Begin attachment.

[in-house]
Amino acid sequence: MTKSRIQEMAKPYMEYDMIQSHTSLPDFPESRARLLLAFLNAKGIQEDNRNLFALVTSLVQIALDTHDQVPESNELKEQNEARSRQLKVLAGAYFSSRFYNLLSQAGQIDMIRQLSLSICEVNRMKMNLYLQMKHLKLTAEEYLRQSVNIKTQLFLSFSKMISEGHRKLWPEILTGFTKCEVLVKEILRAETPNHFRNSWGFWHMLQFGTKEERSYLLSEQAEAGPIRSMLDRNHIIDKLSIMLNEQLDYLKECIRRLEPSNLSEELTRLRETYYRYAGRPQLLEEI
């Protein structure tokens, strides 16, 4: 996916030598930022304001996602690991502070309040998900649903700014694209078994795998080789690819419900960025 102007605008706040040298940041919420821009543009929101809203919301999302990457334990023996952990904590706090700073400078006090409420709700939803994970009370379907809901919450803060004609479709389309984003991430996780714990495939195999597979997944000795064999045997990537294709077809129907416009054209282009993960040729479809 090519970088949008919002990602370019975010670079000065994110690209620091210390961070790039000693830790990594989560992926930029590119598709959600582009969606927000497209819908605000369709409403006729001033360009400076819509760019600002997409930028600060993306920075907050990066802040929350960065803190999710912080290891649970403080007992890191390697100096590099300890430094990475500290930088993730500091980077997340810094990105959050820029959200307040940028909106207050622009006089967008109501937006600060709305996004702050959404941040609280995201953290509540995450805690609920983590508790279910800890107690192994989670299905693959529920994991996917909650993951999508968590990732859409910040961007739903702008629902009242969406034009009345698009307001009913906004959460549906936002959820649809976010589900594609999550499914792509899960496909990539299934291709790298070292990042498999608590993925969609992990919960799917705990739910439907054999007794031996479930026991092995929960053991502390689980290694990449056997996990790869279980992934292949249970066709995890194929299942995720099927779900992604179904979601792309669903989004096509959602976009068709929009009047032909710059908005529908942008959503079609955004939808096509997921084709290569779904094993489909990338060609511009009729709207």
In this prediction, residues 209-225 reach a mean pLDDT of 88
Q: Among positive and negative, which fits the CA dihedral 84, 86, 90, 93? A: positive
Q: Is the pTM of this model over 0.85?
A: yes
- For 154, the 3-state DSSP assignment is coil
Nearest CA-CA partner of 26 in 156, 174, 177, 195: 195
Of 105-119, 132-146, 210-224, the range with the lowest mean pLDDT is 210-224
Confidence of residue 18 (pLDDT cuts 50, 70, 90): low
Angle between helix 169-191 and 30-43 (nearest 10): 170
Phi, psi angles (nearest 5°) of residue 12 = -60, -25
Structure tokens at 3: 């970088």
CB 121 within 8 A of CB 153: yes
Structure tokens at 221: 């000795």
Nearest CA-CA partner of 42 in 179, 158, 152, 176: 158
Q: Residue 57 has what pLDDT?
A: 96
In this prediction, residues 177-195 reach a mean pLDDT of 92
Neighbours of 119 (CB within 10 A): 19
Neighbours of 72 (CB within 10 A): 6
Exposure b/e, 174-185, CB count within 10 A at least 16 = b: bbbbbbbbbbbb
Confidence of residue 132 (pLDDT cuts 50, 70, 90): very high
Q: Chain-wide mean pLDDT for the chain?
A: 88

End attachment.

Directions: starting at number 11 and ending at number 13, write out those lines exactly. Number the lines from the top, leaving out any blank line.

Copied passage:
Confidence of residue 18 (pLDDT cuts 50, 70, 90): low
Angle between helix 169-191 and 30-43 (nearest 10): 170
Phi, psi angles (nearest 5°) of residue 12 = -60, -25